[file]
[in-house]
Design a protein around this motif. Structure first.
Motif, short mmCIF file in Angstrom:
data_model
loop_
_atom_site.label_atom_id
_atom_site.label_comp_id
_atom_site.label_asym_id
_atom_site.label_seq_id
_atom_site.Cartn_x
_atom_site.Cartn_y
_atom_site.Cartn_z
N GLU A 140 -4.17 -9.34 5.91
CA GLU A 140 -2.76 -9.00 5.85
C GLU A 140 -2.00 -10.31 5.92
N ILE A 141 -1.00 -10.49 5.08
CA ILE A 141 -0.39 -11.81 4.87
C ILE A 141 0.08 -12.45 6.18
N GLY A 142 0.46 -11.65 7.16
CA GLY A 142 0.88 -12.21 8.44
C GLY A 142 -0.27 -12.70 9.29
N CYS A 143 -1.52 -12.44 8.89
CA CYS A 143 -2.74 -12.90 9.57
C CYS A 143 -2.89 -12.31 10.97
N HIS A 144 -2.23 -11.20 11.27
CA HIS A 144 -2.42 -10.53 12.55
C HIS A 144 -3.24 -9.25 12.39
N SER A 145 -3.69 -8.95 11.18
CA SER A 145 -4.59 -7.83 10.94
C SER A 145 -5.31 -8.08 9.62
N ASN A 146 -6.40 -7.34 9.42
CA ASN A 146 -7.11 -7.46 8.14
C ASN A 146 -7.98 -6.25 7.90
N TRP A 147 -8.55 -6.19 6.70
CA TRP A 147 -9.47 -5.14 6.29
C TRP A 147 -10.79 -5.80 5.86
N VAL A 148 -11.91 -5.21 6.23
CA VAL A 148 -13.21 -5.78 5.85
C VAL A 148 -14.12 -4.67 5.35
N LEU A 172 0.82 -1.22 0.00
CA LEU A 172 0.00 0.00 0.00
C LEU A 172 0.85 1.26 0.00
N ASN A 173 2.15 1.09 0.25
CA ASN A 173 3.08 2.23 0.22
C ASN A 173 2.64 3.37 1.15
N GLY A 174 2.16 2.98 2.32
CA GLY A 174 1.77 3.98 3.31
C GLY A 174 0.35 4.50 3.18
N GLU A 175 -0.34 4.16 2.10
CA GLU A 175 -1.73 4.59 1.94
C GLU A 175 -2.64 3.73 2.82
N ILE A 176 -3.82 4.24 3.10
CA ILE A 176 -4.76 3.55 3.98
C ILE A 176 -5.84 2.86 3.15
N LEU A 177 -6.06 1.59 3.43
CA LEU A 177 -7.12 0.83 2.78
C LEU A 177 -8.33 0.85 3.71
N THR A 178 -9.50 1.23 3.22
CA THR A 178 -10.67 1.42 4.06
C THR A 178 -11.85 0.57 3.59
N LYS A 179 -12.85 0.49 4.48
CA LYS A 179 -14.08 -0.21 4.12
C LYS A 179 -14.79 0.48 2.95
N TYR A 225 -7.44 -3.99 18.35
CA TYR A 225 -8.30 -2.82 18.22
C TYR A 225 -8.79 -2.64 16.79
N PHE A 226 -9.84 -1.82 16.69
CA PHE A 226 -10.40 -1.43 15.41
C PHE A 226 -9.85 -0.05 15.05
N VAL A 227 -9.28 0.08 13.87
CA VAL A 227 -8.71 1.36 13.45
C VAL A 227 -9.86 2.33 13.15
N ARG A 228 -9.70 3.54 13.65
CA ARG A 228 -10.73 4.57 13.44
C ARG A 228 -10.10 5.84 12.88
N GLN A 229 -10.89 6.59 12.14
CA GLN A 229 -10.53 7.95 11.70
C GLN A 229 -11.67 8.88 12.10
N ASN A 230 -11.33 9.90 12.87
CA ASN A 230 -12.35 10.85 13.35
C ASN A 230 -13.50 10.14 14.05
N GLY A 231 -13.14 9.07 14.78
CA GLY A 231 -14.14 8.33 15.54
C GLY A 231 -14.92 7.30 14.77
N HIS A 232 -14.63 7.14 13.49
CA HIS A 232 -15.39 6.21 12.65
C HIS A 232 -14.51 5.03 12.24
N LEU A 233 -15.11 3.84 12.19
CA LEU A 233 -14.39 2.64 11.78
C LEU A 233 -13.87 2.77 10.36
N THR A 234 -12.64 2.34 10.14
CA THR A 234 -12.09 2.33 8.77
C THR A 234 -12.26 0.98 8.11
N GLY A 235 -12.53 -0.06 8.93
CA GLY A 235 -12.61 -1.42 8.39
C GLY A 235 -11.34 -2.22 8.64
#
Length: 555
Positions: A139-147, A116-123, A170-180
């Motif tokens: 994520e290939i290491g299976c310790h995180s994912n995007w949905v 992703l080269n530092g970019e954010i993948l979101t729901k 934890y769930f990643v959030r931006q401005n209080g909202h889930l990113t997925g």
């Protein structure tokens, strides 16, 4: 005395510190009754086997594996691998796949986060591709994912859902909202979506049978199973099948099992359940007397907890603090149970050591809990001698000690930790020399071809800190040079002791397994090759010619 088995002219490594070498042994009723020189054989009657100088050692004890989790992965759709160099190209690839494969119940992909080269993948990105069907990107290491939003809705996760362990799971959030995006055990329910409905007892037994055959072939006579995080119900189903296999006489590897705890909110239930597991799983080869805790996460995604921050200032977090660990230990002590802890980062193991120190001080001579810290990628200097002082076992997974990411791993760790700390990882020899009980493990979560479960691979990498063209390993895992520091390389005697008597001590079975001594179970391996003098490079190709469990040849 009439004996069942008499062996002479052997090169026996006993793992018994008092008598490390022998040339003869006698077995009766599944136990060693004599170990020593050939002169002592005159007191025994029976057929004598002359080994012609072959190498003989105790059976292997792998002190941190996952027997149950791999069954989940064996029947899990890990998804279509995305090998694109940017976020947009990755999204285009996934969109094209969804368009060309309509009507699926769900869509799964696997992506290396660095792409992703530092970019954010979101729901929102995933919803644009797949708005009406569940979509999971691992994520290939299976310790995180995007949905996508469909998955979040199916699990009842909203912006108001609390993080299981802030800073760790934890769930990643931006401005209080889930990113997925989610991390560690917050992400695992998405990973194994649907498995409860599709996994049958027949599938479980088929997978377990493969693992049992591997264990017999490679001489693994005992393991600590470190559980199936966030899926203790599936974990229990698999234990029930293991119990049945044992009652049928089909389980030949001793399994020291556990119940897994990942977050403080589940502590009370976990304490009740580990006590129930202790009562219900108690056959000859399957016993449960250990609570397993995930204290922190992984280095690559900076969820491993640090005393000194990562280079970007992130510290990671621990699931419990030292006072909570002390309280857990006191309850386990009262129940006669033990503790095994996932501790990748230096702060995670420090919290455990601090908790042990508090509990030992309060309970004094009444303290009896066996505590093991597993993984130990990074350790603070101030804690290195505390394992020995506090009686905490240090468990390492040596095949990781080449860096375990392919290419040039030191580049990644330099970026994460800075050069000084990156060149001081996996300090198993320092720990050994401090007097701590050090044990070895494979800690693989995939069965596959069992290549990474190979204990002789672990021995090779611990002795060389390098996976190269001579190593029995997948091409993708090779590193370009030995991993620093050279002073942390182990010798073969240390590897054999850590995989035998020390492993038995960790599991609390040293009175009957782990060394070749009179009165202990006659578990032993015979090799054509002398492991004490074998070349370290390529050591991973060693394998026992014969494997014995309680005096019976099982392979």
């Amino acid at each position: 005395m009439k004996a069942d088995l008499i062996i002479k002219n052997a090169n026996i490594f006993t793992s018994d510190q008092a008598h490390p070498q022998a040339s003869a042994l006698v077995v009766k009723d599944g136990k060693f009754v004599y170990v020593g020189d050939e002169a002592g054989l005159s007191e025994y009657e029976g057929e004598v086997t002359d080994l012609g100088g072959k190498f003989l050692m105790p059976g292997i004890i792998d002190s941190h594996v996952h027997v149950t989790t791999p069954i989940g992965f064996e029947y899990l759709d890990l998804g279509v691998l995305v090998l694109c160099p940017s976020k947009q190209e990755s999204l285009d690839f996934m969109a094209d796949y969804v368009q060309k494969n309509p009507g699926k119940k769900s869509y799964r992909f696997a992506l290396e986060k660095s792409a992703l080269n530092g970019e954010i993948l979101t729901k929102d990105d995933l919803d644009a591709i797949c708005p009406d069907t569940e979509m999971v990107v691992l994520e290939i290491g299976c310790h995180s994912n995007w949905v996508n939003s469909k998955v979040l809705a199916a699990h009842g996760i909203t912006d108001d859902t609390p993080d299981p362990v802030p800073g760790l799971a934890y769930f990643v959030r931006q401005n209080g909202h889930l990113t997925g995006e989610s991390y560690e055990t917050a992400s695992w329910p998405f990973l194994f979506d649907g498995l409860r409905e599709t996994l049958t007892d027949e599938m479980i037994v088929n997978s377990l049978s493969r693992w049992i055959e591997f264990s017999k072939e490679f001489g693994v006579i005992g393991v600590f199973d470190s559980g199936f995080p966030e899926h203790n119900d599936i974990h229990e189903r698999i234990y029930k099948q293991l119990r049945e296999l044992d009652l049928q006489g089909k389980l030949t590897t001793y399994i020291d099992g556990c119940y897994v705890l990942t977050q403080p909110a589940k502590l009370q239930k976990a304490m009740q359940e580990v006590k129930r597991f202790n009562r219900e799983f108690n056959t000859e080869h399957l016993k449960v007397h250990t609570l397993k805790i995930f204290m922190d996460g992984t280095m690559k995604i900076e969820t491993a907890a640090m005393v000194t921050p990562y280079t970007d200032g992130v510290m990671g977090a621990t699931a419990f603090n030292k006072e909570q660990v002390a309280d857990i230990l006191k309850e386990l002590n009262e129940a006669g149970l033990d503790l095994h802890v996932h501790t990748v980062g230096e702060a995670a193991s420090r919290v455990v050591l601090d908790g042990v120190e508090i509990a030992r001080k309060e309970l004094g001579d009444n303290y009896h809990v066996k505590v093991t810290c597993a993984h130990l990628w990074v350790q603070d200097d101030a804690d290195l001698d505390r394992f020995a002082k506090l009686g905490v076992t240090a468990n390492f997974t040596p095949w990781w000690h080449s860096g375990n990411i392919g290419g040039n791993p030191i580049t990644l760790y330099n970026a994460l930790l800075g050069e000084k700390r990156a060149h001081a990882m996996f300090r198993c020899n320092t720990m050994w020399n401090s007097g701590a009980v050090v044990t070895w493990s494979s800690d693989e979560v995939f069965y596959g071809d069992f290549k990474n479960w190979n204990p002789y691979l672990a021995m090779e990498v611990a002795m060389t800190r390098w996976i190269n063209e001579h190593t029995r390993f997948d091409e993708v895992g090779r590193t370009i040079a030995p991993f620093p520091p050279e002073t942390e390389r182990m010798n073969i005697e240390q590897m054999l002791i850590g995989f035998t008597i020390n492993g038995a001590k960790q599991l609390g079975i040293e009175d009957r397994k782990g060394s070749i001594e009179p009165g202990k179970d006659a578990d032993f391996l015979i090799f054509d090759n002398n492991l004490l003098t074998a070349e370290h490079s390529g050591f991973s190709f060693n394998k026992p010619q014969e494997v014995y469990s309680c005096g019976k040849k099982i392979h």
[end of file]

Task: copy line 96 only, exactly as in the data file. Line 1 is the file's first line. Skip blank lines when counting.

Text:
C GLY A 235 -11.34 -2.22 8.64